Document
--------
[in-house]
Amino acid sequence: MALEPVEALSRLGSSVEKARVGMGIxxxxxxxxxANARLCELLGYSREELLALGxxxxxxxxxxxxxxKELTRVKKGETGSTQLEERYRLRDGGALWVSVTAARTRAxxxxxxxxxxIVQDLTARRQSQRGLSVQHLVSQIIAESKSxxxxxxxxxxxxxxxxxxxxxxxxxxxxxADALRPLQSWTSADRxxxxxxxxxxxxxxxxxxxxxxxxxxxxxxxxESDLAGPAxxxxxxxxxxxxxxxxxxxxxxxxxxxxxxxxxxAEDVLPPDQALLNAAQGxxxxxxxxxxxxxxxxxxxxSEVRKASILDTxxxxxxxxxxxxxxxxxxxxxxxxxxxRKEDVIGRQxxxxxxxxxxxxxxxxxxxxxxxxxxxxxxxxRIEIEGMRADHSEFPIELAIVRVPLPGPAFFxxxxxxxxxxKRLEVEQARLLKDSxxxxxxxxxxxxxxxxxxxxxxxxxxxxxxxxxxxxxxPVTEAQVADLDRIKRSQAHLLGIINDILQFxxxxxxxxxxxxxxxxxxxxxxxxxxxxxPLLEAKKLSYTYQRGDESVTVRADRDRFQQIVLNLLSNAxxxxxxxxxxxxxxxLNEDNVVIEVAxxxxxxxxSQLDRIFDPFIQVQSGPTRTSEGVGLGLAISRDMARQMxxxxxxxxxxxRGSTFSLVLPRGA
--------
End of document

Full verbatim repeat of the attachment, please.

[in-house]
Amino acid sequence: MALEPVEALSRLGSSVEKARVGMGIxxxxxxxxxANARLCELLGYSREELLALGxxxxxxxxxxxxxxKELTRVKKGETGSTQLEERYRLRDGGALWVSVTAARTRAxxxxxxxxxxIVQDLTARRQSQRGLSVQHLVSQIIAESKSxxxxxxxxxxxxxxxxxxxxxxxxxxxxxADALRPLQSWTSADRxxxxxxxxxxxxxxxxxxxxxxxxxxxxxxxxESDLAGPAxxxxxxxxxxxxxxxxxxxxxxxxxxxxxxxxxxAEDVLPPDQALLNAAQGxxxxxxxxxxxxxxxxxxxxSEVRKASILDTxxxxxxxxxxxxxxxxxxxxxxxxxxxRKEDVIGRQxxxxxxxxxxxxxxxxxxxxxxxxxxxxxxxxRIEIEGMRADHSEFPIELAIVRVPLPGPAFFxxxxxxxxxxKRLEVEQARLLKDSxxxxxxxxxxxxxxxxxxxxxxxxxxxxxxxxxxxxxxPVTEAQVADLDRIKRSQAHLLGIINDILQFxxxxxxxxxxxxxxxxxxxxxxxxxxxxxPLLEAKKLSYTYQRGDESVTVRADRDRFQQIVLNLLSNAxxxxxxxxxxxxxxxLNEDNVVIEVAxxxxxxxxSQLDRIFDPFIQVQSGPTRTSEGVGLGLAISRDMARQMxxxxxxxxxxxRGSTFSLVLPRGA